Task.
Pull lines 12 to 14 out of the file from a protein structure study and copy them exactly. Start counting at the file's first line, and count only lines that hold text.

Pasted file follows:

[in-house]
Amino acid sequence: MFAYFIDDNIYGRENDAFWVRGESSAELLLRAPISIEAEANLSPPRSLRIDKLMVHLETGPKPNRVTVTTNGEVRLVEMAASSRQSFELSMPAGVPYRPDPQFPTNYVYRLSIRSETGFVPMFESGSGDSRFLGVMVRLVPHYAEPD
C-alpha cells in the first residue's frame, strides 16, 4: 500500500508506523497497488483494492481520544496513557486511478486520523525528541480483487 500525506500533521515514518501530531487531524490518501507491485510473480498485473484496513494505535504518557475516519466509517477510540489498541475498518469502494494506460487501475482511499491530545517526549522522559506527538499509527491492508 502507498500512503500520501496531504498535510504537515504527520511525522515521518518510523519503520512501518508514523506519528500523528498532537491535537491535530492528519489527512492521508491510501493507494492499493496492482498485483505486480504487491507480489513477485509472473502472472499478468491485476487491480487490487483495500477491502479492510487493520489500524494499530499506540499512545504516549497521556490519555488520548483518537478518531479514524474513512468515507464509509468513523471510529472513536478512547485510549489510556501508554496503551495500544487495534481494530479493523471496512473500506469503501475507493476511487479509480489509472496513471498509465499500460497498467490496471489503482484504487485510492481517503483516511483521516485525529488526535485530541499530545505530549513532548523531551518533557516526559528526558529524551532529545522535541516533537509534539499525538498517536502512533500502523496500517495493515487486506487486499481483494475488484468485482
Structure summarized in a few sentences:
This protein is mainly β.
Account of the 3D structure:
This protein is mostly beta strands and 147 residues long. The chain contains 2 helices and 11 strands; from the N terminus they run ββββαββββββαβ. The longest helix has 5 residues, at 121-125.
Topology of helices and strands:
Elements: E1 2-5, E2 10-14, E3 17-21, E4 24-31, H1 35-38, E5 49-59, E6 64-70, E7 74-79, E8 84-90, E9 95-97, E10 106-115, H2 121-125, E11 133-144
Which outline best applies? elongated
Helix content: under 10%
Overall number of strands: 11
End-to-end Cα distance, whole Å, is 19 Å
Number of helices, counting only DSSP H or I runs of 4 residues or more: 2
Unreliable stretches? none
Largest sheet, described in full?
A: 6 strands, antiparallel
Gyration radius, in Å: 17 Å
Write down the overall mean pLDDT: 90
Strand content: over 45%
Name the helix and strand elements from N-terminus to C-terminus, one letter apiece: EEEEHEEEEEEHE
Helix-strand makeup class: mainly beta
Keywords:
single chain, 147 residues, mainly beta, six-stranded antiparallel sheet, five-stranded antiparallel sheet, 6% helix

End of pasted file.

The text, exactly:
Overall number of strands: 11
End-to-end Cα distance, whole Å, is 19 Å
Number of helices, counting only DSSP H or I runs of 4 residues or more: 2